The girl’s divorced parents had disagreed over whether her wish to be frozen should be followed, so the girl, who cannot be named for legal reasons, asked a High Court judge to intervene, according to The Telegraph.
In a heartbreaking letter to the court, she said: “I don’t want to die but I know I am going to…I want to live longer…I want to have this chance.”
The girl, known as JS, asked Mr Justice Peter Jackson to rule that her mother, who supported her desire to be cryogenically preserved, should be the only person allowed to make decisions about the disposal of her body.
Shortly before her death in a London hospital on October 17, in what is believed to be a unique case, the judge granted JS her wish. Her body was frozen and taken to a storage facility in the US. She is one of only 10 Britons to have been frozen, and the only British child.
She told a relative: “I’m dying, but I’m going to come back again in 200 years.”
The case can only now be reported because Mr Justice Jackson ruled that nothing could be published until one month after JS’s death. He also ruled that her parents’ names and other specific details should remain secret.
JS, who lived with her mother in London, was diagnosed with a rare form of cancer last year and by August this year she had been told her illness was terminal and active treatment came to an end.
She began researching cryonic preservation online – a controversial and costly process that involves the freezing of a dead body in the hope that resuscitation and a cure may one day be possible – and decided she wanted to be frozen after her death.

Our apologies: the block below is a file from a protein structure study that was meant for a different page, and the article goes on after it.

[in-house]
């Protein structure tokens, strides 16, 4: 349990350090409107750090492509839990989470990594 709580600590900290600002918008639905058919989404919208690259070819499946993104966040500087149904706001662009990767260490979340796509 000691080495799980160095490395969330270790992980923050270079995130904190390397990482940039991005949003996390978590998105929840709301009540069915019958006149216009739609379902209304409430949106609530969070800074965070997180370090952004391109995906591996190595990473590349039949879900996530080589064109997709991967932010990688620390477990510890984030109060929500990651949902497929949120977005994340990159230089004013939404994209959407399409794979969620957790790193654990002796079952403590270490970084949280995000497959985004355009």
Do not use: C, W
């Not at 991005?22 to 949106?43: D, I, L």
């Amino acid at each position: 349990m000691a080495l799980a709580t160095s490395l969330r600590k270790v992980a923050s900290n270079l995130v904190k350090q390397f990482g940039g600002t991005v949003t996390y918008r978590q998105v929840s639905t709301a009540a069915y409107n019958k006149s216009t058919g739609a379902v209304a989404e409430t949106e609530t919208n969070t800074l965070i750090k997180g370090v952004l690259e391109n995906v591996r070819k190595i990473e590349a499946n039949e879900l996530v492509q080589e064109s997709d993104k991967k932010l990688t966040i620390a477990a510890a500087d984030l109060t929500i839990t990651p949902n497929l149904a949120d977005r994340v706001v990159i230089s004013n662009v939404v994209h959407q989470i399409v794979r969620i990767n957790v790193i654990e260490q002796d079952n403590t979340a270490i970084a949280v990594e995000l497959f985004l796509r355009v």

Because she was too young to make a legally recognised will, she had to have the permission of both of her parents to sign up for the process.
When she contacted her father, whom she has not seen since 2008 and who himself has cancer, he said he was opposed to the idea, so JS began legal proceedings through a solicitor to ensure her wishes were followed.
She was too ill to attend court, but wrote: “I think being cryo-preserved gives me a chance to be cured and woken up, even in hundreds of years’ time. I don’t want to be buried underground.
“I want to live and live longer and I think that in the future they might find a cure for my cancer and wake me up.”
On October 6, the judge ordered that JS’s mother should have the sole right to decide what happened to her daughter’s body, while stressing that he was not making any ruling about the proposed cryonic preservation.
He also granted an injunction preventing the father from attempting to make any arrangements for the disposal of his daughter’s body. He said he had been convinced JS was a “bright, intelligent young person” with the capacity to bring the application.
JS’s parents could not afford to pay for the cryonic process, which costs from £37,000, but her maternal grandparents raised the money needed for her body to be frozen and taken to a storage facility in America – one of only two countries, along with Russia, that has facilities for storing frozen bodies.